COLONY COLLAPSE DISORDER AFFLICTING HONEYBEES

Published online: Feb 05, 2007
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A dramatic die-off of honeybees has American beekeepers fighting for survival and crop growers wondering if there will be bees to pollinate their crops this spring and summer.

Researchers are scrambling to find answers to what's causing an affliction recently named Colony Collapse Disorder, which has rampages through commercial beekeeping operations across the United States.

There are some indications the disorder has also been experienced in overseas areas including Europe but scientific confirmation is not yet available.

American beekeepers report losses of 30 to 90 percent of their bees. One with 13,000 hives has lost 80 percent and another with 1,200 colonies expects only nine to survive the current winter.

University of Montana research professor Jerry Bromenshenk says he now has confirmation of the disorder in 21 states and he expects that number to grow. It was found last year in Michigan, Wisconsin and Iowa and quickly spread east and west. "It appears communicable," Bromenshenk says.

In cases where the colony appears to be actively collapsing, researchers find an insufficient workforce to maintain the brood and that workforce appears to be made up of young adult bees. The queen is present but the cluster is reluctant to consume provided feed, such as sugar syrup and protein supplement.

Many beekeepers are openly wondering if the industry can survive. There are serious concerns that losses are so great there will not be enough bees to rebuild colony numbers to service pollination needs and to maintain economic viability in beekeeping operations.

The evidence thus far is the disorder occurs throughout the year and when it hits otherwise strong colonies lose their entire workforce in a matter of weeks. The symptoms in collapsed colonies include the complete absence of adult bees in colonies, with no or little build up of dead bees inside or in front of the colonies.

The disorder has previously had a number of names including fall dwindle disease, autumn collapse, May disease, spring dwindle and disappearing disease.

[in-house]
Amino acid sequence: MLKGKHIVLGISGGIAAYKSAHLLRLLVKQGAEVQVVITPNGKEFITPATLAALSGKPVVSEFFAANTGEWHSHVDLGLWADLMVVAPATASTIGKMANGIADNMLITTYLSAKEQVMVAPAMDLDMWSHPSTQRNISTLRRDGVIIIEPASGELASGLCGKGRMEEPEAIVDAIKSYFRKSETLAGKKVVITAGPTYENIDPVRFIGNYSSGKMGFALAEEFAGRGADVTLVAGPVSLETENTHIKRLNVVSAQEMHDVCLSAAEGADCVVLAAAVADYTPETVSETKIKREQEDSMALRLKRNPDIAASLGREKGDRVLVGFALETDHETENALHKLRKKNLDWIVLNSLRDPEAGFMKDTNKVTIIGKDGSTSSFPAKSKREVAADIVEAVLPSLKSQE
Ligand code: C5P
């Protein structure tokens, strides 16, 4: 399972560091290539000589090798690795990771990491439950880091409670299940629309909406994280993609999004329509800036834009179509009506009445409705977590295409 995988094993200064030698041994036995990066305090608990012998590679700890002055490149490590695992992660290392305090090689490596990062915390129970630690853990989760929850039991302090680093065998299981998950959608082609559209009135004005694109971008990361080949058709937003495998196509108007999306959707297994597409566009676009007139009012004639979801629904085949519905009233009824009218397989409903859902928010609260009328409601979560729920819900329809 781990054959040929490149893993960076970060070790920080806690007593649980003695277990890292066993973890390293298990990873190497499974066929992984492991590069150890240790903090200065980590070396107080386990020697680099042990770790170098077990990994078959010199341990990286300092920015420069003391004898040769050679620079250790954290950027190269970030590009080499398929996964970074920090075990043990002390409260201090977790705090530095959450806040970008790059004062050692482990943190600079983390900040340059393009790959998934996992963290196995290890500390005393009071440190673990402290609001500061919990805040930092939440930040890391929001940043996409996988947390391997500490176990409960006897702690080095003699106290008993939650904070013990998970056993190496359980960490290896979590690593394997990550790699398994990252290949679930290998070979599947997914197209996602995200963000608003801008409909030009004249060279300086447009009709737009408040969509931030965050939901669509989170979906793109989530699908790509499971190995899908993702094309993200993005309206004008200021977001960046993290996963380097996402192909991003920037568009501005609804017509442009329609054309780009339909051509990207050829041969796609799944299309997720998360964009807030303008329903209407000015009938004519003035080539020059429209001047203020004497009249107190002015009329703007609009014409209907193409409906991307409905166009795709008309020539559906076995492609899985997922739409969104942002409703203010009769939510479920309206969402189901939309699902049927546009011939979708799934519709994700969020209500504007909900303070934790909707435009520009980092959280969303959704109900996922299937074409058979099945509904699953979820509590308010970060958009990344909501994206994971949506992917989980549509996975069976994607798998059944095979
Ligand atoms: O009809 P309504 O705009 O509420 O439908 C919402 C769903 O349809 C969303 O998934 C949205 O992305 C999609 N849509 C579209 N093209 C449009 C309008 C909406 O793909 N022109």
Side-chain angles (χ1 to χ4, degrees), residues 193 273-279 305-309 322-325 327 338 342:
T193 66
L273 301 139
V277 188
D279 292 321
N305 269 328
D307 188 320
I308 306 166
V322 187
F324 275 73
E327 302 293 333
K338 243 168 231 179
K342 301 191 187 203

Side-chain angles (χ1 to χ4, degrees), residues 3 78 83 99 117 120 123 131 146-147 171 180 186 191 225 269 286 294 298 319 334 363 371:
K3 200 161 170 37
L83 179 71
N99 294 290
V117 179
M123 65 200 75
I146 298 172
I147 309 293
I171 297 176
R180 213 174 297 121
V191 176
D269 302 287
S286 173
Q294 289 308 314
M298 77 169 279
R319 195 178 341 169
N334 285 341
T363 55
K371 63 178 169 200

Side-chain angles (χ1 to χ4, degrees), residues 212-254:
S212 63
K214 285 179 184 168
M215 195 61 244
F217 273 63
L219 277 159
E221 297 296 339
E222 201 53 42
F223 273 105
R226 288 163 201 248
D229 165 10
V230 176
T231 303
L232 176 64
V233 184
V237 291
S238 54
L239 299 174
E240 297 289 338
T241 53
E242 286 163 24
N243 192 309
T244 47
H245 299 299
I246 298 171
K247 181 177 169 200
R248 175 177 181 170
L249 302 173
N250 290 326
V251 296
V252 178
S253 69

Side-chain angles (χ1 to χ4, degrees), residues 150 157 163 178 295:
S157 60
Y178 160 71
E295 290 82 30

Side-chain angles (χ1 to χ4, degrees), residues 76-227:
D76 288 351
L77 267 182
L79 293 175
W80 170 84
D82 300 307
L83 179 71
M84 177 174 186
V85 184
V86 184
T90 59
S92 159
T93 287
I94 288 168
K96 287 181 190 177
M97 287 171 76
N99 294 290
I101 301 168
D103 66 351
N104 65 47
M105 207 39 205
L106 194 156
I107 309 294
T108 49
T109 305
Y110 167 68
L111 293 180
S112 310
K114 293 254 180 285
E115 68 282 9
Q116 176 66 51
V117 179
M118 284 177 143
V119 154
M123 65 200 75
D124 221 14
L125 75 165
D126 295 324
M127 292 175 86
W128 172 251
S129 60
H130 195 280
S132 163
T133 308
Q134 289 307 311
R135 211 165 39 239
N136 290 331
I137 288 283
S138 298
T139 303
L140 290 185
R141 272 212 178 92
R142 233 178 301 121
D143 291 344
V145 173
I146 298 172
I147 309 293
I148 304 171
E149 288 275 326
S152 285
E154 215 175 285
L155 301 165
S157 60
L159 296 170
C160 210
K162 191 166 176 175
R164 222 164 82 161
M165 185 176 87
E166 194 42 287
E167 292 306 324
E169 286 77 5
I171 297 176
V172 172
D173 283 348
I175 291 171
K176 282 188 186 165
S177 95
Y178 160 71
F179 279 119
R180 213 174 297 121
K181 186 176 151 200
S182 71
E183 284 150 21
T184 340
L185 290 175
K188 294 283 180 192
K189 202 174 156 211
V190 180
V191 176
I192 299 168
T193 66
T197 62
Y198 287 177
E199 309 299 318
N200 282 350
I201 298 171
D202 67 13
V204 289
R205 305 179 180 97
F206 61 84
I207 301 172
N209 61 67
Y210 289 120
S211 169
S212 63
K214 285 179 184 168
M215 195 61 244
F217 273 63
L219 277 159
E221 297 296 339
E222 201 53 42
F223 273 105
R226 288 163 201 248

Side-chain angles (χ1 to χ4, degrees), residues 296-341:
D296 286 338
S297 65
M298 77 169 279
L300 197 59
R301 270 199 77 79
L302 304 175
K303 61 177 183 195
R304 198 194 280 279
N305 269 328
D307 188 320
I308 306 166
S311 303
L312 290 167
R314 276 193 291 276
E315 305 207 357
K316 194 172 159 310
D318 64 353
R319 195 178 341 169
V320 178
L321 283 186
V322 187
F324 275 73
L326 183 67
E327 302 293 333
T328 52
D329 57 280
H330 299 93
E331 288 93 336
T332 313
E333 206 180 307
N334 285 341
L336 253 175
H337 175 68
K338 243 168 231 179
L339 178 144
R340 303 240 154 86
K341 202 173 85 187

"During the lat three months of 2006, we began to receive reports from commercial beekeepers of an alarming number of honey bee colonies dying in the eastern United States," Maryann Frazier, apiculture extension associate in Penn State's College of Agricultural Sciences said. "Since the beginning of the year, beekeepers from all over the country have been reporting unprecedented losses.

"This has become a highly significant yet poorly understood problem that threatens the pollination industry and the production of commercial honey in the United States," she said. "Because the number of managed honey bee colonies is less than half of what it was 25 years ago, states such as Pennsylvania can ill afford these heavy losses."

A group of university researchers, state regulatory officials, cooperative extension educators and industry representatives is working to identify the cause or causes of the disorder and to develop management strategies and recommendations for beekeepers.

Participating organizations include Penn State, the USDA, the Pennsylvania and Florida Departments of Agriculture and Bee Alert Technology Inc., a technology transfer company affiliated with the University of Montana.

"Preliminary work has identified serveral likely factors that could be causing or contributing to CCD," said Dennis VanEngelsdorp, acting state apiarist with the Pennsylvania Department of Agriculture. "Among them are mites and associated diseases, some unknown pathogenic disease and pesticide contamination or poisoning."

Initial studies of dying colonies revealed a large number of disease organisms present, with no one disease being identified as the culprit. VanEngelsdorp said ongoing case studies and surveys of beekeepers experiencing the disorder have found a few common management factors but no common environmental agents or chemicals.

Frazier said to cope with a potential shortage of pollination services, growers should plan well ahead. "Regardless, there is little doubt that honeybees are going to be in short supply this spring and possibly into the summer," she said.

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